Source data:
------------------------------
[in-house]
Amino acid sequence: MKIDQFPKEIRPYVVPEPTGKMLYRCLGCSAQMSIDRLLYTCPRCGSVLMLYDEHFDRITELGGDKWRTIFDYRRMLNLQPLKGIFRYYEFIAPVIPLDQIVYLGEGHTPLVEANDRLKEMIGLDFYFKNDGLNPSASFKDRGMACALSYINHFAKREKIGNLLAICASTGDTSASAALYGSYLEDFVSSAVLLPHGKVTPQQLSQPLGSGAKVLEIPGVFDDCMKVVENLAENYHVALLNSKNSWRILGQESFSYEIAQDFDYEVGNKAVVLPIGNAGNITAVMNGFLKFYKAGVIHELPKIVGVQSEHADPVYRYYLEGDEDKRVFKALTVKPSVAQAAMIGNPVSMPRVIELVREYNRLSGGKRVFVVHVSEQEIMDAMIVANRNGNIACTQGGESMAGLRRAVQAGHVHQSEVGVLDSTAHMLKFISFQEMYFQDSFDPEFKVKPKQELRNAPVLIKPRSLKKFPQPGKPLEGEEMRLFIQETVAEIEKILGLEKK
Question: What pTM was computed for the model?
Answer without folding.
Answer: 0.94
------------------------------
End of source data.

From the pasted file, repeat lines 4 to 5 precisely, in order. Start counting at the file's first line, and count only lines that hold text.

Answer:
Answer without folding.
Answer: 0.94